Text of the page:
Opening 8 Nov 2018
In the early 1980s, there was a seminal movement beginning in Leningrad; Russian Rock was being established. With its strong Western influences, by its very nature the music was political in a country which strictly prohibited such art. LETO follows the early friendship of two pioneers of the genre, Victor Tsoi and Mike Naumenko as they develop their style and deal with interpersonal conflicts.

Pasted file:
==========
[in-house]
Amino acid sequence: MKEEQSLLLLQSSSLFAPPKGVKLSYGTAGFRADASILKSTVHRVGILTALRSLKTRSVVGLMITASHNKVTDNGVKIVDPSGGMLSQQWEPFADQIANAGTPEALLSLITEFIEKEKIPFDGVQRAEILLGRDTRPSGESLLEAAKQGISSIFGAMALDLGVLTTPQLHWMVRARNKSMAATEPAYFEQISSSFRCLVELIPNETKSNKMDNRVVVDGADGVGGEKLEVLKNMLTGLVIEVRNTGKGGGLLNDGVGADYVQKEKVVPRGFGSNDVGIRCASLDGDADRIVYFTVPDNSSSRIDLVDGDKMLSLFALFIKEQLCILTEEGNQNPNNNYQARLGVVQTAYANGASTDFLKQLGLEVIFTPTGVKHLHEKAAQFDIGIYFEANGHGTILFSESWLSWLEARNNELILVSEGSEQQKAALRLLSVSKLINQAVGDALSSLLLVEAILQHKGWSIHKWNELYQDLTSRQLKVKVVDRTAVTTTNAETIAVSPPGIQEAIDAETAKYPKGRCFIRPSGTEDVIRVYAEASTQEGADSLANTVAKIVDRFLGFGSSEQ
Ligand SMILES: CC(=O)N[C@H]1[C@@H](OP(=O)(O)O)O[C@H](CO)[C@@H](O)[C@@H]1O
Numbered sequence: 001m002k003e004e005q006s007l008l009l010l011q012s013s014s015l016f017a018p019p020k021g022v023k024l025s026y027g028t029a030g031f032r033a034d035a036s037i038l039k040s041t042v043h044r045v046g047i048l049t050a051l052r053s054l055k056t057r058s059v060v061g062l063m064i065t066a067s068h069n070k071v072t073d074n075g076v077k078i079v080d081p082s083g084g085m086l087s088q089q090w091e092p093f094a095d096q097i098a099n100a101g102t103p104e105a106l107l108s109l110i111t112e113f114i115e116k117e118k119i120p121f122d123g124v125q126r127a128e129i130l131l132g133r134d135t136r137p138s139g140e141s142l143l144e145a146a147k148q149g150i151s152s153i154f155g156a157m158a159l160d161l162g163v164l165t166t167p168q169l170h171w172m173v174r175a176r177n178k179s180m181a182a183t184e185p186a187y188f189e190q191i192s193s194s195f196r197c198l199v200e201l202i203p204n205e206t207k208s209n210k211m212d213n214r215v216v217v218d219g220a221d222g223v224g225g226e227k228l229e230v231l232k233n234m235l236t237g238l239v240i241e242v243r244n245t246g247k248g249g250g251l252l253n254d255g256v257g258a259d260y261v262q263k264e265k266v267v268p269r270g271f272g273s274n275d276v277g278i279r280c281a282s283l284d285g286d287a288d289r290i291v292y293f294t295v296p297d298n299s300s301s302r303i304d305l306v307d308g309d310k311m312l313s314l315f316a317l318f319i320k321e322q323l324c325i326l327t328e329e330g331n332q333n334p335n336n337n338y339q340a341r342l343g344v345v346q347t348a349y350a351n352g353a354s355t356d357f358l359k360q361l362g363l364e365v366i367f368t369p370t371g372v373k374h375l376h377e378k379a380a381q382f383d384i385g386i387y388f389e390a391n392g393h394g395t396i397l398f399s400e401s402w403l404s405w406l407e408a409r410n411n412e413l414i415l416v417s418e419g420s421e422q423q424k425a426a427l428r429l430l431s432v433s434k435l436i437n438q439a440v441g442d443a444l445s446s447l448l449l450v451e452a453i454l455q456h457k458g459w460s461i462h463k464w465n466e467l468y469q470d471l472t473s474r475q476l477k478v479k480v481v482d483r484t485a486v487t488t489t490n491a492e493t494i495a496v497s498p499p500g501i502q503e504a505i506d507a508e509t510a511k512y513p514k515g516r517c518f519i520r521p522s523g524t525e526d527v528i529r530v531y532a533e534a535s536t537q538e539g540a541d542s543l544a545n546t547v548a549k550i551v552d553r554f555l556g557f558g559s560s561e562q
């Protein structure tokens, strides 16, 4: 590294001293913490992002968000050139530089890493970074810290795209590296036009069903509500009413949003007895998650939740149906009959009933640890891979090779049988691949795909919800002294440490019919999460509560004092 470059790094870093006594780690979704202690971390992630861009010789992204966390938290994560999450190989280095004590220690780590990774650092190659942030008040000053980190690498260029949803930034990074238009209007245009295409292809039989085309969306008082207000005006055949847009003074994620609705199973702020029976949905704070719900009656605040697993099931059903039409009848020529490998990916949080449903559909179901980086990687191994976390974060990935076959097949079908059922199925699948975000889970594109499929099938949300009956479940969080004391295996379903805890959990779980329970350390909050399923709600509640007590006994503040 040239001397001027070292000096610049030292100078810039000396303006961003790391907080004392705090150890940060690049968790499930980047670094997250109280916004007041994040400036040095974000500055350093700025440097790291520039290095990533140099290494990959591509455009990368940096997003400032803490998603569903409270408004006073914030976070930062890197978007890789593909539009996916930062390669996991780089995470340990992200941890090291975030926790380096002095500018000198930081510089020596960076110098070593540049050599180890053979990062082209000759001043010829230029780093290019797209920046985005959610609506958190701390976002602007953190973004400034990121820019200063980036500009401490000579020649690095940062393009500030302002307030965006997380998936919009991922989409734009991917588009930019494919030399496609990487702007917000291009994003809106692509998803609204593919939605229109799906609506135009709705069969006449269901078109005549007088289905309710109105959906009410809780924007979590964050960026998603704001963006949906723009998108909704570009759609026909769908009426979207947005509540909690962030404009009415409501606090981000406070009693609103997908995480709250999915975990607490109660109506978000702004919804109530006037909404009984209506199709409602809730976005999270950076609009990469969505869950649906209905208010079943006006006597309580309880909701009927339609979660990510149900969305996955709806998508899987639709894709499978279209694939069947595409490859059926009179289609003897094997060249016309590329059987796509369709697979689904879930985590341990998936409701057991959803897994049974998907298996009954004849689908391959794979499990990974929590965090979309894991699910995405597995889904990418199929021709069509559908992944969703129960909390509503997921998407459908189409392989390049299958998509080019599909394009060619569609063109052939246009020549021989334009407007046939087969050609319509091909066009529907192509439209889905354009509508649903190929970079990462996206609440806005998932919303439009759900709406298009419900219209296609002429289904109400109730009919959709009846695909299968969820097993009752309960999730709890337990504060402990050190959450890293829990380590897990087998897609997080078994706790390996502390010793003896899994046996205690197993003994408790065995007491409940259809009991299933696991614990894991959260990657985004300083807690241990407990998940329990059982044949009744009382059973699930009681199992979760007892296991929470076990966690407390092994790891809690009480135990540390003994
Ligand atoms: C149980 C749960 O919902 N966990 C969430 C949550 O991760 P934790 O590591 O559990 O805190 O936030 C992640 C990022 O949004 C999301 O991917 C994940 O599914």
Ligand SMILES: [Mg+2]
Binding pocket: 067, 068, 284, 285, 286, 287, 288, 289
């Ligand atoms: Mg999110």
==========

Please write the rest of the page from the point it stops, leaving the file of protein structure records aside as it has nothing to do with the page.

Director Kirill Serebrennikov paints a rather light-hearted image of these early days of Russian rock. The Soviet state with its strict restrictions on performances seems like merely a mild annoyance. Far more central to the conflict here is the love triangle between Tsoi, Naumenko, and Naumenko’s wife Natalia (Irina Starshenbaum), which really seems a little trite when compared to Tsoi and Naumeno’s writing and performances. Not much really happens in LETO. Tsoi and Natalia flirt with each other, Tsoi and Naumenko talk about music, a few songs are performed and that’s it. As just a light piece of cinema, it is visually cohesive, introduces audiences to a genre of music which may have been previously unknown, and generally just good fun. However, if you are looking for an accurate portrayal of the struggles of early Russian Rock pioneers or even a more in-depth analysis of Victor Tsoi’s early life, it won’t be found here. (Rose Finlay)